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Piercey’s Playbook: Resolving your resolutions

How can we keep the resolutions we make next year?

As we look ahead to the new year, we envision all the things we plan on doing over the next 12 months, and for some, we make New Year’s resolutions to improve ourselves and our lives.

I rarely keep my resolutions. Whether it’s to stay active, to organize, to reduce potato chip consumption, or to read more, I usually end up setting the bar so high at the start of the year that my drive to reach my goals burns out about halfway through February.

Studies show that less than 10 per cent of people stick to their resolutions, while around 20 per cent kept some but not all of them.

So with 2022 at our doorstep, I’ve decided to take a look at how I make my resolutions in order to make sure I can reach my goals.

Scheduling goals

One problem with resolutions is the timeline of attaining a goal over the entire year. How many things do we actually do consistently over a whole year?

For this year, I plan on making goals on a month-by-month basis to make them more manageable.

For example, my January resolution is to read 20 pages of a book every day.

If I set that goal for the entire year, the prospect of doing that every day for 365 days seems so daunting that I may not even start.

Thirty-one days though? That’s a goal I can wrap my head around.

My advice: schedule smaller goals over the year that you can realistically accomplish. Even if you only complete six of your monthly goals, that’s a big step towards self-improvement.

Use a partner

While resolutions are usually goals for self-improvement, setting goals parallel to a friend or family member can do wonders for your motivation to complete your goals.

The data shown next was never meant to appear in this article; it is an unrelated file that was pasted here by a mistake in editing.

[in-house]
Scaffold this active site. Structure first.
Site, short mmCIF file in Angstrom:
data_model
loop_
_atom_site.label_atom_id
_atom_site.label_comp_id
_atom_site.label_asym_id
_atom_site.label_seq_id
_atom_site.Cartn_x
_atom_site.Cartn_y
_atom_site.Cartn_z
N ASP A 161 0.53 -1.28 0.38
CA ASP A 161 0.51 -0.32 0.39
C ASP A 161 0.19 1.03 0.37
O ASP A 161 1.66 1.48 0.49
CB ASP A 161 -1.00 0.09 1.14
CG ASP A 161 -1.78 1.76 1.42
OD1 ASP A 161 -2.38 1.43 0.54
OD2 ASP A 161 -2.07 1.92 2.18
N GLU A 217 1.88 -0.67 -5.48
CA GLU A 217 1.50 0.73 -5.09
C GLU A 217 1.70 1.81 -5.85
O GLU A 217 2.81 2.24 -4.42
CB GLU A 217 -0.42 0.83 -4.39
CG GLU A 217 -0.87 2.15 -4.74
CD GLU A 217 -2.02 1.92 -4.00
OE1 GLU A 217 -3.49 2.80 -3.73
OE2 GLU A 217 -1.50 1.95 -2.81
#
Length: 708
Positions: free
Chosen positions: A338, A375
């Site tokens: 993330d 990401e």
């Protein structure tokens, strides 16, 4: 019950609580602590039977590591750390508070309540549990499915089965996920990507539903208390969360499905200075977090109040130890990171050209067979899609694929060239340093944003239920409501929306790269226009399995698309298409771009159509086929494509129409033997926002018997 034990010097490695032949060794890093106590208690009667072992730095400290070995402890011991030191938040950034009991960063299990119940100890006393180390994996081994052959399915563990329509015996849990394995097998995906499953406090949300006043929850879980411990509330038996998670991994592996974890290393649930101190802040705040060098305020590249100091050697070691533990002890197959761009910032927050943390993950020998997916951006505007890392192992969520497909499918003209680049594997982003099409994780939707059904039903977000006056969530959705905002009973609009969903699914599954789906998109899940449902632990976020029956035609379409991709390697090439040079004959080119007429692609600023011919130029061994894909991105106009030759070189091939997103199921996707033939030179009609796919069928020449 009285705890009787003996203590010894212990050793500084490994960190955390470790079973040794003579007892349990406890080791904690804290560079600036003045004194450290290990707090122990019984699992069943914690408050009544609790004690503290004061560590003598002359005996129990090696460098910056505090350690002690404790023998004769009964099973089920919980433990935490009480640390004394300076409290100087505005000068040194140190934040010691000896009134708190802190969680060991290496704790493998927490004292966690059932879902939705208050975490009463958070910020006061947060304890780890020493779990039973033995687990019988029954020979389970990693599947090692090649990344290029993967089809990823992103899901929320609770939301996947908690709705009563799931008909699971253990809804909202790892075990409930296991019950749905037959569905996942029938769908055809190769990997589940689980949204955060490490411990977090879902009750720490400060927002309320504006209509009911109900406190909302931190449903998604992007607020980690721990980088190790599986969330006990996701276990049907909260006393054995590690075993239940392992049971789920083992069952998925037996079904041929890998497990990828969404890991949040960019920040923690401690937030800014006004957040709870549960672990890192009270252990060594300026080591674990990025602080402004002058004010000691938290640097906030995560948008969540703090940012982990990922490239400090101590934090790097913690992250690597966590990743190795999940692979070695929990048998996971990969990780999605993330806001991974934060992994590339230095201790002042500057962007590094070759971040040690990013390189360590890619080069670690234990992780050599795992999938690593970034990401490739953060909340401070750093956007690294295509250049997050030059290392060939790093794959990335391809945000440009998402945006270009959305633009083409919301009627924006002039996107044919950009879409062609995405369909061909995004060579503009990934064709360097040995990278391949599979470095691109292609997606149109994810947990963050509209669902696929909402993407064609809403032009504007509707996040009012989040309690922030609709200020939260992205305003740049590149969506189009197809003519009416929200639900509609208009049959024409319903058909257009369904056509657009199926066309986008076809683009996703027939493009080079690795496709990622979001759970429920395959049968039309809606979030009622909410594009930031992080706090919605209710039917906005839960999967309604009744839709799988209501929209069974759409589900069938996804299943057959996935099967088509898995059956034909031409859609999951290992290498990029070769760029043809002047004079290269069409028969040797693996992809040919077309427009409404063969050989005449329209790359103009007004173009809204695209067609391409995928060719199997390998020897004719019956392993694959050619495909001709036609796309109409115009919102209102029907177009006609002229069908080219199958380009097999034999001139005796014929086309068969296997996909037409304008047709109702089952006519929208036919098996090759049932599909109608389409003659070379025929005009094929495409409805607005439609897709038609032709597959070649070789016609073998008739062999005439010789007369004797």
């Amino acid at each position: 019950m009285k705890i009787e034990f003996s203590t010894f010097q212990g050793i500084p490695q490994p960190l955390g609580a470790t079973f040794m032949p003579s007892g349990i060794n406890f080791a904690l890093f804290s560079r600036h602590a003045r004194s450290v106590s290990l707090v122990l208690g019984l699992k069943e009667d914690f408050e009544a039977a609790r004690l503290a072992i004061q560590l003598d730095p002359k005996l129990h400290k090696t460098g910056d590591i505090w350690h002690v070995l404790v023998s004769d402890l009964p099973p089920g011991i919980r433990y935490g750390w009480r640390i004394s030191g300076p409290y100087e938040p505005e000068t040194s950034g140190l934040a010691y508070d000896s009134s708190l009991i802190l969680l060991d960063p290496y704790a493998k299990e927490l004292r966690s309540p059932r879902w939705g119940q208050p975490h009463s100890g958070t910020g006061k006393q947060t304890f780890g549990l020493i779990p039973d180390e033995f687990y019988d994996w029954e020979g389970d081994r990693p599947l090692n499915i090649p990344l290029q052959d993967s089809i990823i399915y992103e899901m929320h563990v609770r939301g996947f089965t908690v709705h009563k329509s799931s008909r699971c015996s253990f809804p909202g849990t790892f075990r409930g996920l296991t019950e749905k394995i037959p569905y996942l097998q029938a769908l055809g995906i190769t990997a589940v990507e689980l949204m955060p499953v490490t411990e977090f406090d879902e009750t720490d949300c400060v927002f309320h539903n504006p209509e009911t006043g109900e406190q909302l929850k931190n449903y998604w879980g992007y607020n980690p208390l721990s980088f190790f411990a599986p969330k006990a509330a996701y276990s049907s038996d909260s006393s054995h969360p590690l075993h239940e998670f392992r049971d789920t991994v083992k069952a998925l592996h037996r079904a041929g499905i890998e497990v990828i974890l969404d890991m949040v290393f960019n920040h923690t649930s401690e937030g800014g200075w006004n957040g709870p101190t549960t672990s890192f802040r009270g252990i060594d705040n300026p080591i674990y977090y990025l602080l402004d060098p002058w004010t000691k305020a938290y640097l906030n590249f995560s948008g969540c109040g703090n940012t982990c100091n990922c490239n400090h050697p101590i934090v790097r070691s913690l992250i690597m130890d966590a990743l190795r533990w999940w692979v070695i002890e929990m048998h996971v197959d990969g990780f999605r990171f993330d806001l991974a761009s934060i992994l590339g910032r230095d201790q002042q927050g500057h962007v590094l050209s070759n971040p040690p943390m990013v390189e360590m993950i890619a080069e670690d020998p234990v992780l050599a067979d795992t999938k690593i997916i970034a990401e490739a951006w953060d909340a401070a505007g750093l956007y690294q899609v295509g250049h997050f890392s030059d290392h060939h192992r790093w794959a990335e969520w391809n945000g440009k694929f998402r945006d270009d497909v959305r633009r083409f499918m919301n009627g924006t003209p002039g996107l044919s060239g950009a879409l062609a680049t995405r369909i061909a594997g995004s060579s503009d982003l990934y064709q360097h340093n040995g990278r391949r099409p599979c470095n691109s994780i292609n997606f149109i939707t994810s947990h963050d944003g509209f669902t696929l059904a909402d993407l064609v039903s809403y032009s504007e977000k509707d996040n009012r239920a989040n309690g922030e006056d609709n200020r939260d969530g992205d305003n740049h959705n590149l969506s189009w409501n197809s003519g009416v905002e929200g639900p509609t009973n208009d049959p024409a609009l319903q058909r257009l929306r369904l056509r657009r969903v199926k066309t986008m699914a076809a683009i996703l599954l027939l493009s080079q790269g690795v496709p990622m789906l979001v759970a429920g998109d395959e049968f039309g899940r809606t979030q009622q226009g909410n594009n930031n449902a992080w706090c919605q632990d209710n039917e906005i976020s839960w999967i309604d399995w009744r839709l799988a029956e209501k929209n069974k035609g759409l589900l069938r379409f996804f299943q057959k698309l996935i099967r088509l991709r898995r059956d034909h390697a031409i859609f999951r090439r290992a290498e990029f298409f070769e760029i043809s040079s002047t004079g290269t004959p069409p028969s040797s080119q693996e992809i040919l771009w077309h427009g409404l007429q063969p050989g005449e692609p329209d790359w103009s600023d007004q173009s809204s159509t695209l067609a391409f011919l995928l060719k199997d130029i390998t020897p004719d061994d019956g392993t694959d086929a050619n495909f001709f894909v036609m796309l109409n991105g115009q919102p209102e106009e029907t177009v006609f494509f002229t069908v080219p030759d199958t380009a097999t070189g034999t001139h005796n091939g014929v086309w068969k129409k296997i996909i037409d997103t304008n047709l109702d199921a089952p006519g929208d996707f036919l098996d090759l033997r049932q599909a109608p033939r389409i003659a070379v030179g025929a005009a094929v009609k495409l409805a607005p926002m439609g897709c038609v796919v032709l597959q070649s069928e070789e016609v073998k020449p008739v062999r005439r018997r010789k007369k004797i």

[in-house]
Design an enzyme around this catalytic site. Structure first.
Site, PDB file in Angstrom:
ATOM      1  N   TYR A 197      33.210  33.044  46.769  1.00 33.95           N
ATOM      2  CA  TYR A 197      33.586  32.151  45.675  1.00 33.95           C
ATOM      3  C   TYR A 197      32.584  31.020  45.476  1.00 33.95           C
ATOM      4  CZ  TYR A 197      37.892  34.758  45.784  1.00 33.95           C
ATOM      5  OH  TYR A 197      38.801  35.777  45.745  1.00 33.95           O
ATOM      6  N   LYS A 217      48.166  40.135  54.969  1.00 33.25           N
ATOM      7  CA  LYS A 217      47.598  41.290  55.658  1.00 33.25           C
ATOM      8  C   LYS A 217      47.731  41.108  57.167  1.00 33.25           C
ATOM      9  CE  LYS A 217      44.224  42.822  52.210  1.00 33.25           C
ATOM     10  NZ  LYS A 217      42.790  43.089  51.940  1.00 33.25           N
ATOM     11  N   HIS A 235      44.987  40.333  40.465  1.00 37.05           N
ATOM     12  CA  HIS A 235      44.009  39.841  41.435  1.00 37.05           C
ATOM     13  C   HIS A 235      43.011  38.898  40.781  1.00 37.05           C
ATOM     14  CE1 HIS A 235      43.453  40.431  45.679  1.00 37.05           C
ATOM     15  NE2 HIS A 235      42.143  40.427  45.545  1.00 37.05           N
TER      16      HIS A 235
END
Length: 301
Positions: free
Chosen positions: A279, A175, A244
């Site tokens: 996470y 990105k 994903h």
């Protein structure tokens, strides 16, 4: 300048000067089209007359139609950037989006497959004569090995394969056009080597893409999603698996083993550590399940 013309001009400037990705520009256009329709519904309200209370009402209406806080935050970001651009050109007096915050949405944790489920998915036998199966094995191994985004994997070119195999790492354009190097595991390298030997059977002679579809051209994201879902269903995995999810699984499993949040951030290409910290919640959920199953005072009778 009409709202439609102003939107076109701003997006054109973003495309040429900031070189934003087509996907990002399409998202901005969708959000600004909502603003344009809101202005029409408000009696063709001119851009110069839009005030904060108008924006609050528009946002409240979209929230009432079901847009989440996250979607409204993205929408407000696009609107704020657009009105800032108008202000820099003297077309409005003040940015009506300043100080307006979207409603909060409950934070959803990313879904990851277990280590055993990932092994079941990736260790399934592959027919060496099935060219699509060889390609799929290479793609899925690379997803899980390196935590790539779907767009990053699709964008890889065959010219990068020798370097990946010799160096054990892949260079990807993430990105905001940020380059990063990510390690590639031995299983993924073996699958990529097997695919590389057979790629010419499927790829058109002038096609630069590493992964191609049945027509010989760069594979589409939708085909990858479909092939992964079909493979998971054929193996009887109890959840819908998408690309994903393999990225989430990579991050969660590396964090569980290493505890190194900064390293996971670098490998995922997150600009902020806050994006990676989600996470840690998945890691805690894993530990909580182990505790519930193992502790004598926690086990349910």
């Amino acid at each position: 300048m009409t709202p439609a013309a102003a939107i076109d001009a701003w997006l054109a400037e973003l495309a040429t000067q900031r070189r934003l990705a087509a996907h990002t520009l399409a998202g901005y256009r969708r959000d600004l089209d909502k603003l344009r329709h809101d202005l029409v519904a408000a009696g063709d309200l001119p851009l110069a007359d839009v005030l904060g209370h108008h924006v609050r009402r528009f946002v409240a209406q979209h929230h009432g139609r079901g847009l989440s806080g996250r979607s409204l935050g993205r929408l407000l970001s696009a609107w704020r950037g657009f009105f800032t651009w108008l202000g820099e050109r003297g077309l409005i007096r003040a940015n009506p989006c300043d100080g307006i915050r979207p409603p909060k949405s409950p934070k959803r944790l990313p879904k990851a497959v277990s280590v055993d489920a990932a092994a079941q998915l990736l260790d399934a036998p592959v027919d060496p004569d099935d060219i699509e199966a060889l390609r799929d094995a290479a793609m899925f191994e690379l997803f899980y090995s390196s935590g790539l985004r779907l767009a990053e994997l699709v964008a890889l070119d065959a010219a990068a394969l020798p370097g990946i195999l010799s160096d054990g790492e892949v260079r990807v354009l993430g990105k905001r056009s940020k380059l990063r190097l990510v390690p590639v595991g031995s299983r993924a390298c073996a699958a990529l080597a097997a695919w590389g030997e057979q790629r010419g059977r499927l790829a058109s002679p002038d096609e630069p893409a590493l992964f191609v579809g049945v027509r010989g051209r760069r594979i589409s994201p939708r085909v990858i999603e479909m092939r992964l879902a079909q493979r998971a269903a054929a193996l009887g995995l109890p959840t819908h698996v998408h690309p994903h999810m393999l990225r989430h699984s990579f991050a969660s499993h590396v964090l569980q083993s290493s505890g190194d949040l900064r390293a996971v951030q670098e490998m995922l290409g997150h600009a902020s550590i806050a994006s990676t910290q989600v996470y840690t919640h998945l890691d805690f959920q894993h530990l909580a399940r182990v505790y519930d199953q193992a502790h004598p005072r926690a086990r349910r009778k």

For me, competition is the main fuel in the completion of tasks. If you share your goals and compete to maintain your resolutions, your chances of completing them are much better.

And if you’re not competitive like me, then work together.

If your goal is eating healthier, then get together with someone once a week for a healthy lunch and rely on each other for motivation.

Reward yourself

My biggest vice is chips. I love chips. I can eat a family-sized bag of Doritos in one sitting.

My March goal is to eat fewer chips, but does this mean I’m going to cut chips out altogether?

Absolutely not.

Our vices are a part of us, and if it’s something as innocent as a bag of chips, reward yourself by minimizing the effect they have on you, not cutting them out altogether.

I plan to award myself with a regular-sized bag of chips every weekend.

Do it for the right reasons

If you’re making a resolution to change yourself to better fit what you think others expect of you, then you’re missing the point of a resolution in the first place. The goals you set should come from the heart.

So seriously think about whether you’re making a change in your life because it’s what you want for yourself, not to change yourself into what somebody else wants you to be.

For 2022, my resolutions revolve around getting what I want out of life.

So from one hopeful slacker to another: good luck with keeping your resolutions this year.

READ MORE: Most read stories on the Revelstoke Review in 2021

READ MORE: Glimpses of Revelstoke’s past for Dec. 30


@josh_piercey
josh.piercey@revelstokereview.com

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